(Source: I am a math professor at Stanford, with connections to the CS department and many former students in the CS Master's program, and experience with graduate admissions.)
Nothing about this situation suggests that you are any less intelligent than your classmates. The admissions committee isn't running a charity: if they thought you weren't prepared to excel, they would have admitted another student from MIT instead of you. They invest a lot of effort into determining which students are positioned to be successful; it's not a perfect system by any means, but I think they know better than you do whether you're prepared.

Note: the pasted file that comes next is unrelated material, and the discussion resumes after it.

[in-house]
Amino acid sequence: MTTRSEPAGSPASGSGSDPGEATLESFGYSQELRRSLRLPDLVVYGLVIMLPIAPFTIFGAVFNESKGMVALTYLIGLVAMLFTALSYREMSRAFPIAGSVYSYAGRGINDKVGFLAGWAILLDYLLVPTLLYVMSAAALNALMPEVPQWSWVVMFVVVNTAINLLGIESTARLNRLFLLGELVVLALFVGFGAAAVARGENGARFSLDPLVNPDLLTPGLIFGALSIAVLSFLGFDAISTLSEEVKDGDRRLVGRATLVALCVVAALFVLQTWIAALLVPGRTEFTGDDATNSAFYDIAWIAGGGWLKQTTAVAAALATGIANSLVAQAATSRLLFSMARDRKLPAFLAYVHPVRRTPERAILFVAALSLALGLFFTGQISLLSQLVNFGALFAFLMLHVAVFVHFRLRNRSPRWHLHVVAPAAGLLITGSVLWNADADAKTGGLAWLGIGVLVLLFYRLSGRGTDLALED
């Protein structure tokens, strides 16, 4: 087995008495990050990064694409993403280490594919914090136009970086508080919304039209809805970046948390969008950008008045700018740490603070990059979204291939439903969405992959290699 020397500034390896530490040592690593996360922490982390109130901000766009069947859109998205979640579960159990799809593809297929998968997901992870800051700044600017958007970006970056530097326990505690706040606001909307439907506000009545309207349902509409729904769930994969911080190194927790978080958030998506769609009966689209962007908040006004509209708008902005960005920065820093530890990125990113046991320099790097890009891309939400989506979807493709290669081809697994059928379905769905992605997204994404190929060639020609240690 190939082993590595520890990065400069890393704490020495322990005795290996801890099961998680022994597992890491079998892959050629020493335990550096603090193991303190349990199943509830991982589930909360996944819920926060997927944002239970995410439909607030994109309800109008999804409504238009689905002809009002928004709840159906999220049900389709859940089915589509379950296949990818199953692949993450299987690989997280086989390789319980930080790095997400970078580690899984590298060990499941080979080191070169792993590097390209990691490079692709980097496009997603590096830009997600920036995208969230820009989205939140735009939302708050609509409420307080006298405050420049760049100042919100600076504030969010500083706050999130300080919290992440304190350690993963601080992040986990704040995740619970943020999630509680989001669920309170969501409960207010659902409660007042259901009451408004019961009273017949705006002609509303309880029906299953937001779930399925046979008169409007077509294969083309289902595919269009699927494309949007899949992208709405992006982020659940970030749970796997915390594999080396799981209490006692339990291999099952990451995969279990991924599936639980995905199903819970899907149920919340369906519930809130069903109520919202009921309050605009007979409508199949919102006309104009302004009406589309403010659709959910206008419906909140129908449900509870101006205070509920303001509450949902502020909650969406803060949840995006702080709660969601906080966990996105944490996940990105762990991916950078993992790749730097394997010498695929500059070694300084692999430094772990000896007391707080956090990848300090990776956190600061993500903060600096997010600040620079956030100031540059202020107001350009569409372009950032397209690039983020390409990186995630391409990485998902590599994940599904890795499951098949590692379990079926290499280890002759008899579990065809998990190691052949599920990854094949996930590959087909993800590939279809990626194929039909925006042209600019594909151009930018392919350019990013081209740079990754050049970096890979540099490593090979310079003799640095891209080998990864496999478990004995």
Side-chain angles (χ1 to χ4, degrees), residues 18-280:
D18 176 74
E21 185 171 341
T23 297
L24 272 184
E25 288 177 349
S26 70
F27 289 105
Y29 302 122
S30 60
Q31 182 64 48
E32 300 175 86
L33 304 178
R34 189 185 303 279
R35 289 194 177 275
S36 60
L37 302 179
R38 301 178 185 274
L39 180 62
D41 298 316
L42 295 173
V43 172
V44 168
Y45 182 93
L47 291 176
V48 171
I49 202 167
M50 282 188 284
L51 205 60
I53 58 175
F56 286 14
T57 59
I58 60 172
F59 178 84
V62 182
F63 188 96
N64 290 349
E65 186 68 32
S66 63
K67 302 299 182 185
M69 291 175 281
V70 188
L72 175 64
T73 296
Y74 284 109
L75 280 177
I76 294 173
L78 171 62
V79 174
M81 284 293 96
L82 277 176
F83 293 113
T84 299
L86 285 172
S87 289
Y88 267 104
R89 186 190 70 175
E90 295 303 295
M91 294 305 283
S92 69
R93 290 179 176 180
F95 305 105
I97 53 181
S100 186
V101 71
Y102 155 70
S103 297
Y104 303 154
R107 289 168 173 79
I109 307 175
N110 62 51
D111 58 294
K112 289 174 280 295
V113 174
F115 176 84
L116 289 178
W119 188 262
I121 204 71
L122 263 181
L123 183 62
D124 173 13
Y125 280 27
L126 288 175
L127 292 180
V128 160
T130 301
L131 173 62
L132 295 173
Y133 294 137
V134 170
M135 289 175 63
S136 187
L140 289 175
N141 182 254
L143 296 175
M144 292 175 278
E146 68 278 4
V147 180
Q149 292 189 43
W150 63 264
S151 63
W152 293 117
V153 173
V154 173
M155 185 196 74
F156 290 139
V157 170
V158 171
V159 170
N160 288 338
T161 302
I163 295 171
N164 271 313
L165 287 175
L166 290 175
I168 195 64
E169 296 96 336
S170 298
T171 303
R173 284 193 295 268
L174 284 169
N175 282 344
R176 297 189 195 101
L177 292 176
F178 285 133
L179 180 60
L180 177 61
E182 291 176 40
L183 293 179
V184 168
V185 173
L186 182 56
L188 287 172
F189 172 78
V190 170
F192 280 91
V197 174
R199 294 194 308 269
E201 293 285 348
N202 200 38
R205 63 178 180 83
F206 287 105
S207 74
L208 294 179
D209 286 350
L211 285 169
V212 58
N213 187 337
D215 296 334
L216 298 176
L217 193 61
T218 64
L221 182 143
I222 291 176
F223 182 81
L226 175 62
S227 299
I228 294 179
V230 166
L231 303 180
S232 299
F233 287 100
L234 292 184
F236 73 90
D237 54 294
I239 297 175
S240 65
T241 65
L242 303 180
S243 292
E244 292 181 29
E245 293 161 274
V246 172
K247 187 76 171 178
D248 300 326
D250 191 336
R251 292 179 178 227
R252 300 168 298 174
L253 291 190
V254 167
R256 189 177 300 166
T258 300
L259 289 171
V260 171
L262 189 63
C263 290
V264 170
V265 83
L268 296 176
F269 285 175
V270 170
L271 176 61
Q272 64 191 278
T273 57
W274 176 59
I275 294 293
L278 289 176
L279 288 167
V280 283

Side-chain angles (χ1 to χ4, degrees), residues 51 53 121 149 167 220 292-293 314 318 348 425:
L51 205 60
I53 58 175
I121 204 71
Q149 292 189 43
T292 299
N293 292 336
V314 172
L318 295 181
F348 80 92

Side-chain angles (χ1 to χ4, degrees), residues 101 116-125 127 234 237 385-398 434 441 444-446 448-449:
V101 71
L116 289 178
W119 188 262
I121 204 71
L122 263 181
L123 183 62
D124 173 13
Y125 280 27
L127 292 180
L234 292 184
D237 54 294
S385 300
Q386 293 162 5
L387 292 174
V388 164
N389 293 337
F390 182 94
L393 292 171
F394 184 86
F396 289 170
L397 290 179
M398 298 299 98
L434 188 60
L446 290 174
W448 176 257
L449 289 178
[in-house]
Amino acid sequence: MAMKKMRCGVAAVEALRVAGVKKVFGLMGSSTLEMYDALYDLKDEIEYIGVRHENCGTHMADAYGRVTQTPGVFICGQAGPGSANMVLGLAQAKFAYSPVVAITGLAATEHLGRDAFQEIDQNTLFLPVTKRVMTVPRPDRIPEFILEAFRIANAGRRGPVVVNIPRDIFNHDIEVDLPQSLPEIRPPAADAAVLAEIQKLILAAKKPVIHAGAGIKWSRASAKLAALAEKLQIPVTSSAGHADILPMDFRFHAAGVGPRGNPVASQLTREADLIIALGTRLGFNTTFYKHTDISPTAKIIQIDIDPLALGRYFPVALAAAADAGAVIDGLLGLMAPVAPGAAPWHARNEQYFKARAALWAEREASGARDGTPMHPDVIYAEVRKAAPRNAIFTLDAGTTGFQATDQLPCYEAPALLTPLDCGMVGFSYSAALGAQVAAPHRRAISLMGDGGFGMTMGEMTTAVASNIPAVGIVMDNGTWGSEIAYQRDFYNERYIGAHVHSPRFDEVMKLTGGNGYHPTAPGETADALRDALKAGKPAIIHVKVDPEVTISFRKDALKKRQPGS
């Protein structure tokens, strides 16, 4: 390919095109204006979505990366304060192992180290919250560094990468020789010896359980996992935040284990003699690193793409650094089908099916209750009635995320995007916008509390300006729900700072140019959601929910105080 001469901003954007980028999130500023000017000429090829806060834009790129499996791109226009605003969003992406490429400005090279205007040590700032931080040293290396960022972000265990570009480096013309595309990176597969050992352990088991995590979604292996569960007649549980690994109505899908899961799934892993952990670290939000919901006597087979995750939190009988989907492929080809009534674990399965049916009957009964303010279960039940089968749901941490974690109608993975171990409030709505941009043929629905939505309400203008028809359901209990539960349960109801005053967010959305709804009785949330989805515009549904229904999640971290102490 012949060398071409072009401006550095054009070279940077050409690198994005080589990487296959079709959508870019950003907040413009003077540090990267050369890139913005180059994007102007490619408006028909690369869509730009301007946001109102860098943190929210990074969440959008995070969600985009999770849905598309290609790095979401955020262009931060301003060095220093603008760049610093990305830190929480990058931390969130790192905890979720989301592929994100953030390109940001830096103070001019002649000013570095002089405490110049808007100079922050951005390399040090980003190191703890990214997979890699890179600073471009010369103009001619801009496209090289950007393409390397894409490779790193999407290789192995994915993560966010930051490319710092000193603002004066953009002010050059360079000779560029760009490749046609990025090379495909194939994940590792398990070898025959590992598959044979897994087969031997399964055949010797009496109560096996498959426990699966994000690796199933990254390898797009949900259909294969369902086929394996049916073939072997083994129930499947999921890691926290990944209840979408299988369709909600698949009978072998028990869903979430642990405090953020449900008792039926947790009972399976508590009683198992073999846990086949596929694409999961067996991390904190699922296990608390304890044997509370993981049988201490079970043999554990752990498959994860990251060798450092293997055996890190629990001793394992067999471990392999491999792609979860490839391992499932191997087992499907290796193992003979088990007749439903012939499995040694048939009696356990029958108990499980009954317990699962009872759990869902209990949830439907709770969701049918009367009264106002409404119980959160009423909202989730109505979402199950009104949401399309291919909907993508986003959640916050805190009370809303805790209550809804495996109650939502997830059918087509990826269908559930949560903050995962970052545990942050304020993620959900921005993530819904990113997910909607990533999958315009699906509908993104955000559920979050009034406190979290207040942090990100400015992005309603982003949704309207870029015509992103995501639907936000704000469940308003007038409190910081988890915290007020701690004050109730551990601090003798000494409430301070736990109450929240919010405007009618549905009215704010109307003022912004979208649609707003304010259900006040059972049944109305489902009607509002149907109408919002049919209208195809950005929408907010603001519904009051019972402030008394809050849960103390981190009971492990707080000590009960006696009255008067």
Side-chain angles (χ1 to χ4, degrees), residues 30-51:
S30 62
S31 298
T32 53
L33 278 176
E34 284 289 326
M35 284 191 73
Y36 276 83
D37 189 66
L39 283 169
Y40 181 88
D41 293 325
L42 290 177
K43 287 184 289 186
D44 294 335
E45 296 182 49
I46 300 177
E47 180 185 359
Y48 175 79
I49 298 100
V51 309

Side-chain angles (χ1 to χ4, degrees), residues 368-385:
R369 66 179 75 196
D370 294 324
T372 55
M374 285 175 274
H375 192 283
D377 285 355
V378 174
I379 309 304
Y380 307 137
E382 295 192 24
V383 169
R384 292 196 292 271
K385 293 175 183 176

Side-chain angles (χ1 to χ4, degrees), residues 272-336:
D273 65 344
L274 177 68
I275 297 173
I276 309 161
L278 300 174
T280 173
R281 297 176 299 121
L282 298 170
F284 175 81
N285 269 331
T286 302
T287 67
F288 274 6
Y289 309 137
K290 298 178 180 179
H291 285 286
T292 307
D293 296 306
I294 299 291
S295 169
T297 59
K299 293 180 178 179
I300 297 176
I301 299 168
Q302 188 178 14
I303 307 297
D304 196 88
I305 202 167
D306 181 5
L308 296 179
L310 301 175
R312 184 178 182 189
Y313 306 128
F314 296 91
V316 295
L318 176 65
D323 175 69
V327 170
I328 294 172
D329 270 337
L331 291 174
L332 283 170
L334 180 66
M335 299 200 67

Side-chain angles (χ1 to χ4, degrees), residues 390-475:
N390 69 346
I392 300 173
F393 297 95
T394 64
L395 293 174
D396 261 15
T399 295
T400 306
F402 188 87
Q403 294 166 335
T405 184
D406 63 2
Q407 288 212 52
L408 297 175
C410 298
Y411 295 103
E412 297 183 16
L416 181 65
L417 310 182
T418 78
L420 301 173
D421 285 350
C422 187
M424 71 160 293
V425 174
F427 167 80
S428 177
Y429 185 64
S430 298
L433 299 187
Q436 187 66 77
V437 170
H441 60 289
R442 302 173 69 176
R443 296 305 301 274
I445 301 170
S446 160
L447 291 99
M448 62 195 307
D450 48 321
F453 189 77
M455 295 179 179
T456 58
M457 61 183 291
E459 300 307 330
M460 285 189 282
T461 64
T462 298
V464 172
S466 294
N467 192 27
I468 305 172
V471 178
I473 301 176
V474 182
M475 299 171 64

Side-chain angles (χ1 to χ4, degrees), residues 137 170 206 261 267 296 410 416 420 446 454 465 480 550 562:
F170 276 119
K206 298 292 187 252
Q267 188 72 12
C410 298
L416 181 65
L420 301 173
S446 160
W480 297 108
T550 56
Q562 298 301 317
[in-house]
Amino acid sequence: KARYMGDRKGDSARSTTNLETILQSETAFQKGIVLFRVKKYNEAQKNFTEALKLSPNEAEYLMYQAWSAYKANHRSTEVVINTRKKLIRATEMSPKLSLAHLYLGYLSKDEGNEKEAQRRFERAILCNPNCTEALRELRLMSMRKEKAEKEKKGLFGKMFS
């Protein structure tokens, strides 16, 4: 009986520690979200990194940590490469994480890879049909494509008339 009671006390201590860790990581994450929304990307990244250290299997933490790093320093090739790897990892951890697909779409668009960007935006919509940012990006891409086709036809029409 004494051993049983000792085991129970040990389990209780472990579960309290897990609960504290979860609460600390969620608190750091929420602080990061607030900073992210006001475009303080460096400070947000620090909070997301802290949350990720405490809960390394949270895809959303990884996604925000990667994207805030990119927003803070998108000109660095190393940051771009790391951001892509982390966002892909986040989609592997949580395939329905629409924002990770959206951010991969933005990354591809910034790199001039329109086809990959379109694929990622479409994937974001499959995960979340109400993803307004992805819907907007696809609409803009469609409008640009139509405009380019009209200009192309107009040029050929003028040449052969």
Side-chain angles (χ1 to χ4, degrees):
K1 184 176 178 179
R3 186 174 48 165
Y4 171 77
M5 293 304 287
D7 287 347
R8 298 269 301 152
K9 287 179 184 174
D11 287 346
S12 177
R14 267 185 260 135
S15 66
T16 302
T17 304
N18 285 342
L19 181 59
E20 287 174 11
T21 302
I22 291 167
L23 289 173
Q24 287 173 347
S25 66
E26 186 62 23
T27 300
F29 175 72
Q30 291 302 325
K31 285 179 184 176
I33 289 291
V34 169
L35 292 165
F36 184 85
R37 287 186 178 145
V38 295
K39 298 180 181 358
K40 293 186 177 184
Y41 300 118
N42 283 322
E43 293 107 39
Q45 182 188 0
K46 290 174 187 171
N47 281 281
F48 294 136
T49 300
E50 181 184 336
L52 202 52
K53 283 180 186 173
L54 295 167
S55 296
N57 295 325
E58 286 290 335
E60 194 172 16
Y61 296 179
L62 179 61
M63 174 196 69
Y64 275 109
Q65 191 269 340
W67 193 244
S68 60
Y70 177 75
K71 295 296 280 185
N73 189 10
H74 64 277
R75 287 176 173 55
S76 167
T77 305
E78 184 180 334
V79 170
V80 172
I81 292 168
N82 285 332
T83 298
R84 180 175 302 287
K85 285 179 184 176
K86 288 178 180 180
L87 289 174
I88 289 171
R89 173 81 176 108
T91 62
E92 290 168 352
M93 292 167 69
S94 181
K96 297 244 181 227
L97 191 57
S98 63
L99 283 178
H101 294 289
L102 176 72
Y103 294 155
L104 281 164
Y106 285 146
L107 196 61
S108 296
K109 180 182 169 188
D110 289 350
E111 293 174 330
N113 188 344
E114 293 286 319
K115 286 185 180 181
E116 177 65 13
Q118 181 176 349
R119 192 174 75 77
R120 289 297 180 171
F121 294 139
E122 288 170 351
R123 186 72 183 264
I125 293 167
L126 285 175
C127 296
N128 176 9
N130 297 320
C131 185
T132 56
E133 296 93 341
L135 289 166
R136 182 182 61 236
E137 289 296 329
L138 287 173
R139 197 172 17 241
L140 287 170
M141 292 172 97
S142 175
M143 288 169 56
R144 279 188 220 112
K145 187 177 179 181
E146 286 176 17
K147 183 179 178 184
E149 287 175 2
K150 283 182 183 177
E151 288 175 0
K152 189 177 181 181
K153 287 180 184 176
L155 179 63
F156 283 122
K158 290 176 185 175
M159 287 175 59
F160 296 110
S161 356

I have never considered undergraduate institution or background when considering who to work with, and I haven't heard of any colleague doing so either. As a grad student you get better and better at learning, so it's easy to patch any holes in your background.
If you are concerned that you haven't had the opportunity to take all the classes that the CS undergrads at Stanford have: well good news, the majority of CS courses are online, including all the lectures, slides, and homeworks. And you have 7 months before you'll start grad school this fall -- that is plenty of time to complete all the courses you're worried you've missed, if you really feel that's the best use of your time.